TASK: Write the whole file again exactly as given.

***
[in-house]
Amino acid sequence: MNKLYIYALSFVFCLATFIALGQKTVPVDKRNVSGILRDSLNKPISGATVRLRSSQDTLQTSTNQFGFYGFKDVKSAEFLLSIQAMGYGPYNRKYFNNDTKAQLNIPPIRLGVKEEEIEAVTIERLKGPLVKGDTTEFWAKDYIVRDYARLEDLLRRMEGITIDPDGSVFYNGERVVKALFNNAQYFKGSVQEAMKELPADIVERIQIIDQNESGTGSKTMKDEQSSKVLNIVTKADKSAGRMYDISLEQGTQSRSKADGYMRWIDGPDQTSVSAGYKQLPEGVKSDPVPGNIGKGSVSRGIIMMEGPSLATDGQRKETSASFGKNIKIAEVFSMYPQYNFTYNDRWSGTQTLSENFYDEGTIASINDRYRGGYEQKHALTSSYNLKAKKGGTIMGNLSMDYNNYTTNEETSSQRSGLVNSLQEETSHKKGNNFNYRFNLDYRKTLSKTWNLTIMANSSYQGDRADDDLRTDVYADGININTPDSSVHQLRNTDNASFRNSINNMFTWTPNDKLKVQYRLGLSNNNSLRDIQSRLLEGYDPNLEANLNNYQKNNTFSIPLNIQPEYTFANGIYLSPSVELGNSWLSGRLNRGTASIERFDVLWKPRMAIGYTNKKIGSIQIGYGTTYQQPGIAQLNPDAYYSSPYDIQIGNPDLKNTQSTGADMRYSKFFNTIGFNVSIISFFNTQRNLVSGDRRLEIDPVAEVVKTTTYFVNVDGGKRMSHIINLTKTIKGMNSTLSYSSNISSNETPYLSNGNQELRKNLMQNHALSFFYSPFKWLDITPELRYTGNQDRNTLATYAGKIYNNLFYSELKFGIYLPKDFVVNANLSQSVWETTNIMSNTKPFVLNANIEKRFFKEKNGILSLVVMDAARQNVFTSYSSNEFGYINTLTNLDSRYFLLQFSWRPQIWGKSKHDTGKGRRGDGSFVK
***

[in-house]
Amino acid sequence: MNKLYIYALSFVFCLATFIALGQKTVPVDKRNVSGILRDSLNKPISGATVRLRSSQDTLQTSTNQFGFYGFKDVKSAEFLLSIQAMGYGPYNRKYFNNDTKAQLNIPPIRLGVKEEEIEAVTIERLKGPLVKGDTTEFWAKDYIVRDYARLEDLLRRMEGITIDPDGSVFYNGERVVKALFNNAQYFKGSVQEAMKELPADIVERIQIIDQNESGTGSKTMKDEQSSKVLNIVTKADKSAGRMYDISLEQGTQSRSKADGYMRWIDGPDQTSVSAGYKQLPEGVKSDPVPGNIGKGSVSRGIIMMEGPSLATDGQRKETSASFGKNIKIAEVFSMYPQYNFTYNDRWSGTQTLSENFYDEGTIASINDRYRGGYEQKHALTSSYNLKAKKGGTIMGNLSMDYNNYTTNEETSSQRSGLVNSLQEETSHKKGNNFNYRFNLDYRKTLSKTWNLTIMANSSYQGDRADDDLRTDVYADGININTPDSSVHQLRNTDNASFRNSINNMFTWTPNDKLKVQYRLGLSNNNSLRDIQSRLLEGYDPNLEANLNNYQKNNTFSIPLNIQPEYTFANGIYLSPSVELGNSWLSGRLNRGTASIERFDVLWKPRMAIGYTNKKIGSIQIGYGTTYQQPGIAQLNPDAYYSSPYDIQIGNPDLKNTQSTGADMRYSKFFNTIGFNVSIISFFNTQRNLVSGDRRLEIDPVAEVVKTTTYFVNVDGGKRMSHIINLTKTIKGMNSTLSYSSNISSNETPYLSNGNQELRKNLMQNHALSFFYSPFKWLDITPELRYTGNQDRNTLATYAGKIYNNLFYSELKFGIYLPKDFVVNANLSQSVWETTNIMSNTKPFVLNANIEKRFFKEKNGILSLVVMDAARQNVFTSYSSNEFGYINTLTNLDSRYFLLQFSWRPQIWGKSKHDTGKGRRGDGSFVK